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I wrote a set of objective c classes, which I now plan on using in a project of mine. My old way would be to copy-paste them in, but that's sloppy, especially now that Xcode has got me using unit tests and code repositories.

I'm thinking what I need is maybe to #include the library from its current location by path maybe, or add a target or a workspace or something, I just don't understand Xcode well enough to know how all this works. The outcome I'd like is for my existing classes to stay synchronized with the project they are in, and not be copied separately, so I can open that project, make changes, build and unit test, and otherwise not alter that library.

Can someone point my in the right direction here? Sorry if this is confusing, I don't know enough about it to really know what I'm asking.

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3 Answers 3

up vote 1 down vote accepted

you would create a static library for the shared sources (which may have its own repo), then link that to your app. it's best to configure the library in an external project, configure the static library target as a dependency to the app. naturally, you'll have to add the static lib's source directory to your app target's header search paths.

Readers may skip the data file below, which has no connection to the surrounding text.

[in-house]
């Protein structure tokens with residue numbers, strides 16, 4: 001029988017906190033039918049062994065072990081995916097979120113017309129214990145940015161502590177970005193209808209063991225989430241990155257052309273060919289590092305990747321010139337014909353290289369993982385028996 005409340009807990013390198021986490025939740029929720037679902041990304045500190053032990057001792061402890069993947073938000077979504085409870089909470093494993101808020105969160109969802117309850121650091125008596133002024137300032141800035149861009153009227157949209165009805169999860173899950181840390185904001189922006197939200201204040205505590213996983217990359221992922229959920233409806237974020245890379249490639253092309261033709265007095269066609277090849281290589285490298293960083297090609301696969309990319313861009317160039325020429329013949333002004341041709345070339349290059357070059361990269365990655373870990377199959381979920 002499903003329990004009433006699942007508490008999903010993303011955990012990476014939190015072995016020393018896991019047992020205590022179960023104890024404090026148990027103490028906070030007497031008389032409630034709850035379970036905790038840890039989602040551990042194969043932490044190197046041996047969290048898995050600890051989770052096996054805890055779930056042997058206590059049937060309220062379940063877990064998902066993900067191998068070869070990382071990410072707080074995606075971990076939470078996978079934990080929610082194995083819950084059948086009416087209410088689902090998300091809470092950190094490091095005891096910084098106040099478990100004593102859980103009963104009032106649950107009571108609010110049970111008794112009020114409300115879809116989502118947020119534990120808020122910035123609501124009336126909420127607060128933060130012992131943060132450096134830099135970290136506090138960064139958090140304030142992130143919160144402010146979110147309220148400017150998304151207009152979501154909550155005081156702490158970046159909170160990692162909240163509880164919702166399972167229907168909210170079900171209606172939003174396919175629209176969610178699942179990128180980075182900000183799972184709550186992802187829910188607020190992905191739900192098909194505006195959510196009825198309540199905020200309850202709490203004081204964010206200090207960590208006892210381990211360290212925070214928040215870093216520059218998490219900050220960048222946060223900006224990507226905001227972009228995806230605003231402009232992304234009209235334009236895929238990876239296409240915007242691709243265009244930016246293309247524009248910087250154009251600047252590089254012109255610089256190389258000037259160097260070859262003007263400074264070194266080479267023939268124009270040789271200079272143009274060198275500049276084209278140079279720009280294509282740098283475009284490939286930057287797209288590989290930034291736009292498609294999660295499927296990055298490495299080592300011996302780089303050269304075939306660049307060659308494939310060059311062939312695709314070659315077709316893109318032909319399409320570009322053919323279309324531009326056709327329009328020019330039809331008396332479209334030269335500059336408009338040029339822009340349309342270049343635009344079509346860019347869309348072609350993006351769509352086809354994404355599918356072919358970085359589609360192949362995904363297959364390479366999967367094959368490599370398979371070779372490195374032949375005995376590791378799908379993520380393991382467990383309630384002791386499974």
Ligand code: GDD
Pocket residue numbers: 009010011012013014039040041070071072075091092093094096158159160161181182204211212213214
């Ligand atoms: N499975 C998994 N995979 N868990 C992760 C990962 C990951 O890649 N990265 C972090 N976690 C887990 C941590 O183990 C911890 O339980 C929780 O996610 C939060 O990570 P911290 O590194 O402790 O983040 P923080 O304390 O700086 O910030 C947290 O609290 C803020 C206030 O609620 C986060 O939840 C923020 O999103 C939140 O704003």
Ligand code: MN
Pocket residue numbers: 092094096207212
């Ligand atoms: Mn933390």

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If all your code is in the same repository, then multiple projects can use the same source code. No need to create a library.

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Xcode set up a repository for me for that project where I created and tested these files. I'd like to have these classes "stand alone" somehow, they'll be used in another project later. –  Alex Gosselin May 27 '11 at 2:45
    
Xcode will create a git repository for you, but if you have multiple projects that share the same code, you may want to put everything into one repository. You'll want to create and manage the repository yourself. An alternative would be multiple repositories, but where you pull from multiple repositories for one project. –  ThomasW May 27 '11 at 3:09

It turns out Xcode is pretty good at managing multiple repositories.

The steps I used:

  • Create a new project with its own GIT repository,
  • Create a new workspace.
  • Drag both projects into that workspace.
  • Drag the files meant to be reused into the new project, choosing not to copy files.
  • That's it, you can now run unit tests from the original project, make changes, etc, and updates will be reflected in the other project

Worth mentioning that making the combined workspace might not even be necessary.

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